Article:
Agile coaching to help bright interns work in a collaborative environment and improve their performance

I have had the great opportunity to coach very smart interns about agile methodologies in our Summer Internship Hackaton. This is the first time I introduce Agile to developers with very little experience in that methodology, and it’s exciting to see results within just a week of work.

In the first day of the internship, I gave a brief presentation about Agile to the teams – three in total, highlighting the most important benefits of that approach. I used the short book “Scrum: A Breathtakingly Brief and Agile Introduction” as a starting point, and it turned out to be really helpful. That same day we explained the responsibilities of the team roles and the purpose of the rituals (sprint planning, standup meetings, sprint review and retrospective).

Objectives of the daily Standup

In the next days we all started following the rituals, but we adopted the methodology casually, just in a high level, giving time to the team to get familiar with all the artifacts and their responsibilities. I supervised and followed up with the teams to help them prioritize and identify the activities they needed to define in order to accomplish the sprint.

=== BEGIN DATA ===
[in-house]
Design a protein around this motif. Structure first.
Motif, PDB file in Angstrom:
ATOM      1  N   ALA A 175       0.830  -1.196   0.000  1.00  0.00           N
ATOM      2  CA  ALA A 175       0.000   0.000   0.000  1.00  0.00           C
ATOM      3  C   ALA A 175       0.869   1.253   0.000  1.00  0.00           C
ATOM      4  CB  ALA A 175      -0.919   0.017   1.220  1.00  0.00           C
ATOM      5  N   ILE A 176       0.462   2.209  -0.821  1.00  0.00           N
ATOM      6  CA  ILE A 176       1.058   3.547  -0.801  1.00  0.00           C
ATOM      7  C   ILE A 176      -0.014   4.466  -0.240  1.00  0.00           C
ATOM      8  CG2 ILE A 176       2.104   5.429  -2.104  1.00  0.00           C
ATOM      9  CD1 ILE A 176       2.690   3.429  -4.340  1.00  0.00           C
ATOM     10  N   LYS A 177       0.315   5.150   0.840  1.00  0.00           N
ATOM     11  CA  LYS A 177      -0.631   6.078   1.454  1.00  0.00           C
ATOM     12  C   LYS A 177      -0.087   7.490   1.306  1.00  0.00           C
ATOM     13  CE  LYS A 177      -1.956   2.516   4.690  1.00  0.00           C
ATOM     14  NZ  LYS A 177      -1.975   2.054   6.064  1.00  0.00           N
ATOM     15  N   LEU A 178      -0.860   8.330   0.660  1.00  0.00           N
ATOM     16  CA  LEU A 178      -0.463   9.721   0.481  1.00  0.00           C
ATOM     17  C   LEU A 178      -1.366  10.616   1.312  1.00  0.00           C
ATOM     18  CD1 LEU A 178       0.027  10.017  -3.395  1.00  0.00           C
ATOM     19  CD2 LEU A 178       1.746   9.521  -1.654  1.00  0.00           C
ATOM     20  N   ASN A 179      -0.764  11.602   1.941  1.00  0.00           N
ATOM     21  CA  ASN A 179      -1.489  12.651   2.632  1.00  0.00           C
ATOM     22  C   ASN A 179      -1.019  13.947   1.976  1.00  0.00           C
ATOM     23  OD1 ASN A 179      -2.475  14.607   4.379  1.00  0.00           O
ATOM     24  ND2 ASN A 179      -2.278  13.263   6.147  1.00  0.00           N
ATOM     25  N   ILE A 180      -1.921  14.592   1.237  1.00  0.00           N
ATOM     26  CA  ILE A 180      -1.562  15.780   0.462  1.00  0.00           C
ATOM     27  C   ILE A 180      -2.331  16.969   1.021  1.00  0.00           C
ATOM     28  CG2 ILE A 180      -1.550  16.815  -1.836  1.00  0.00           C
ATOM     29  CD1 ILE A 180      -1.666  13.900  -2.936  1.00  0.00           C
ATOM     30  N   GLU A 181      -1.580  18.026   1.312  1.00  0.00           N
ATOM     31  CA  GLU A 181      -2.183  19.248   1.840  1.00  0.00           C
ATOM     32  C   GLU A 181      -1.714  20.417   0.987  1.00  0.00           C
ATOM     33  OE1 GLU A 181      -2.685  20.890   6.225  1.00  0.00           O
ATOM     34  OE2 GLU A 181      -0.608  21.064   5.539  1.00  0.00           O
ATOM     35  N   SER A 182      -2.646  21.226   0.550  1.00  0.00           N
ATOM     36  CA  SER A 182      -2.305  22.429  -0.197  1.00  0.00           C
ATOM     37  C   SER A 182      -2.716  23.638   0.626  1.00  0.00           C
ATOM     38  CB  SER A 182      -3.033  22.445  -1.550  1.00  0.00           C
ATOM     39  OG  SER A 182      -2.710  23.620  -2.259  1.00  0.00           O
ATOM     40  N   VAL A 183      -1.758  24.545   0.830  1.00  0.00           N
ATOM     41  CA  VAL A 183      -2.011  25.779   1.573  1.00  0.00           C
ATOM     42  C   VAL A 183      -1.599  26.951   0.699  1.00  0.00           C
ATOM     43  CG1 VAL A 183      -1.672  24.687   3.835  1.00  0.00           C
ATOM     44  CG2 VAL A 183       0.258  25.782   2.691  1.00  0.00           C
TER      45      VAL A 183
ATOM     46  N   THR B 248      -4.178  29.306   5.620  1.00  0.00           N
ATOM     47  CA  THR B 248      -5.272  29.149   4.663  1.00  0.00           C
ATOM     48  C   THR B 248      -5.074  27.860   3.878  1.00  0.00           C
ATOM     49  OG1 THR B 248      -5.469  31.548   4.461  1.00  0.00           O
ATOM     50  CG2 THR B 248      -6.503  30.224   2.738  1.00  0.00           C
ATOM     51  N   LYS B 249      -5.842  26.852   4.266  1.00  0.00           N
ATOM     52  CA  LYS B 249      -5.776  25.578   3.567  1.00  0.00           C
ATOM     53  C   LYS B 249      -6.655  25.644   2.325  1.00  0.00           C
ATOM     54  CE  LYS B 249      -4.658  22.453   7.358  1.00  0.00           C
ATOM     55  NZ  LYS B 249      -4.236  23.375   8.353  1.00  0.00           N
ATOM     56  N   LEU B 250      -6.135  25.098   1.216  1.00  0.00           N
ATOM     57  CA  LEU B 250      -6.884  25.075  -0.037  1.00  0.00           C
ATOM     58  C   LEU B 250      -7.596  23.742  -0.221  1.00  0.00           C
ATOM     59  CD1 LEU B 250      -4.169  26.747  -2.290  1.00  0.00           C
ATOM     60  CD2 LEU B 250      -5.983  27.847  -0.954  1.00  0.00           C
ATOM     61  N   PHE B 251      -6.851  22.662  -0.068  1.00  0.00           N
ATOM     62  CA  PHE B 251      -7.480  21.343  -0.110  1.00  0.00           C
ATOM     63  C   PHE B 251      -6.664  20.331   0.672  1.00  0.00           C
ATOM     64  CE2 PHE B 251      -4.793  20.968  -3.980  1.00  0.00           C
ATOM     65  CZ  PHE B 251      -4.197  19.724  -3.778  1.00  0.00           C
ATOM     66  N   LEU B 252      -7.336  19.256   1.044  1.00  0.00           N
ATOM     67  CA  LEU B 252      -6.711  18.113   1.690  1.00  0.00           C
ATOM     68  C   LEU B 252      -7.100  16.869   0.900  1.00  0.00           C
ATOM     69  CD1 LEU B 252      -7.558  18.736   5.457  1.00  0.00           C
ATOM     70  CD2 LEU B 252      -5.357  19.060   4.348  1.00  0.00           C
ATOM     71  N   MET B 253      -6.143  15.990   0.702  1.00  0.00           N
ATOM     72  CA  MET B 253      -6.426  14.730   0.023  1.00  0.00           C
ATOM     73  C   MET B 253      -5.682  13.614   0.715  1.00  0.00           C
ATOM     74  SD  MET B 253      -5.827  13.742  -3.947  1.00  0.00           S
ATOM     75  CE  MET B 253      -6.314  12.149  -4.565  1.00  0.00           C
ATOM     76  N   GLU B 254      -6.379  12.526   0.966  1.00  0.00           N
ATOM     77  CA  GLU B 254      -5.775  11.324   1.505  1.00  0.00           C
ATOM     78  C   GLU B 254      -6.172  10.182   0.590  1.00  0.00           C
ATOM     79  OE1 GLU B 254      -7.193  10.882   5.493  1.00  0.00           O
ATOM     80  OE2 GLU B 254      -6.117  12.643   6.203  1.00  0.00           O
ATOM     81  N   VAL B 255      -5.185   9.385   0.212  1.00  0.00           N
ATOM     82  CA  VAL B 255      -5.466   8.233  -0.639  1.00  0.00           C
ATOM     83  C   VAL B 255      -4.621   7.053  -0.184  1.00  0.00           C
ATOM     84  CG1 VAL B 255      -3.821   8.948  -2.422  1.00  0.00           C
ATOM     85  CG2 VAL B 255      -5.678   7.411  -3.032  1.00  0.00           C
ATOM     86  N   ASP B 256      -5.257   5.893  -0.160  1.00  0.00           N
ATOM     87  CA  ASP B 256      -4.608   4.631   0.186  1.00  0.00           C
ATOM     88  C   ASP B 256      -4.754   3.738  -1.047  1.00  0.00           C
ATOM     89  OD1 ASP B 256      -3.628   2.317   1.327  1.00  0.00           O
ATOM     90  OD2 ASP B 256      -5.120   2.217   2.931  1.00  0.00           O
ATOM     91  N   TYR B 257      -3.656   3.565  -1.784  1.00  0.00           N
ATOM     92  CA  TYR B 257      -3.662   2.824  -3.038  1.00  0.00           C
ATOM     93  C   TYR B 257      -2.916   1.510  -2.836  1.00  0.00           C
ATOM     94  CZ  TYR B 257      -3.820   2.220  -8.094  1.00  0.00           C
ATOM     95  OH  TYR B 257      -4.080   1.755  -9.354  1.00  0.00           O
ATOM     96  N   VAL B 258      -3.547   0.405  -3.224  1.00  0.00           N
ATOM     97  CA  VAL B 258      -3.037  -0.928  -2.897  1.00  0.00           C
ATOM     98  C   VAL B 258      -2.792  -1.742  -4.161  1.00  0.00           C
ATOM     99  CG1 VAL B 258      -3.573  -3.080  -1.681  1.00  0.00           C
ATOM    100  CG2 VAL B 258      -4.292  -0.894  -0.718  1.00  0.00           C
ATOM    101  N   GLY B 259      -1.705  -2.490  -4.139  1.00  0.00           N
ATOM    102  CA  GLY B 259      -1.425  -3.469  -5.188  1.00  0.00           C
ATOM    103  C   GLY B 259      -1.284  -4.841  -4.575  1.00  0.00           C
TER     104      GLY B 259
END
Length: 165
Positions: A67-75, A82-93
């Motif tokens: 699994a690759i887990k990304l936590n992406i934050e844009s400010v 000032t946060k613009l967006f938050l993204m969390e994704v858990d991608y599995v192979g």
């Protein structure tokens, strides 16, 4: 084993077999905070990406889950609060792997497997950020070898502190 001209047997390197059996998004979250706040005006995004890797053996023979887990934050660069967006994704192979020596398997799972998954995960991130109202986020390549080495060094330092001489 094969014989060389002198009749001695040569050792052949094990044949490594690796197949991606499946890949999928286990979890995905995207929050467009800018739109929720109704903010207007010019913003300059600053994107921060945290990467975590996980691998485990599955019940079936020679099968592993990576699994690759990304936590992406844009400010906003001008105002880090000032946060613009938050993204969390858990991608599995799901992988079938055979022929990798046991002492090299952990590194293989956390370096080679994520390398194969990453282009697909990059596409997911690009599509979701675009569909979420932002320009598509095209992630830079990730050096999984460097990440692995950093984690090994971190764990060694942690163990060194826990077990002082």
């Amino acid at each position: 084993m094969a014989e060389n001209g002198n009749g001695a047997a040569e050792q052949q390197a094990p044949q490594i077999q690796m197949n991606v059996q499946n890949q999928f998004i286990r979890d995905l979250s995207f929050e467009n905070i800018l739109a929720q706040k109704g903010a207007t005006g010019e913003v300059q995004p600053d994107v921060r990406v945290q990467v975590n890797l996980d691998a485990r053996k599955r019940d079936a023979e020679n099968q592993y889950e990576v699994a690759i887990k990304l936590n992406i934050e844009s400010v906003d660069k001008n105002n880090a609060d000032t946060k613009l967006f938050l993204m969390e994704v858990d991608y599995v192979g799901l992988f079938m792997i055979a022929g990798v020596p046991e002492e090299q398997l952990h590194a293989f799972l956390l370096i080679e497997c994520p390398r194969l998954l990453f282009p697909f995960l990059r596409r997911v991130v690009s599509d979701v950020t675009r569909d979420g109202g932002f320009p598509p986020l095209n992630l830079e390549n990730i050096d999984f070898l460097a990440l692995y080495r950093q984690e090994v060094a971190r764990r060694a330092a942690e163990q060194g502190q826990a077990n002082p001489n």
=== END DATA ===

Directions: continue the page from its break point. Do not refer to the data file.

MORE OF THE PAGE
Blake, who is acting as product owner, is being actively involved in the hackaton, clarifying details and writing user stories in cards, which is ideal in an Agile environment because that allows the teams to work at their best performance and it minimizes the risk of wasting time working on things that are not important.

Kanban board with user stories and tasks written in cards

The teams are using those cards in their kanban boards, but are coming up with more cards to define the specific tasks they need to do to satisfy those user stories. That is so important because they are able to visualize all the work they have to do and help them focus on priorities.

Finally, we just implemented continuous integration and continuous deployment, and enforced their knowledge in Git best practices. Now, they are already minimizing code conflicts and are catching up issues in every push, just before those are even introduced to the testing environments.


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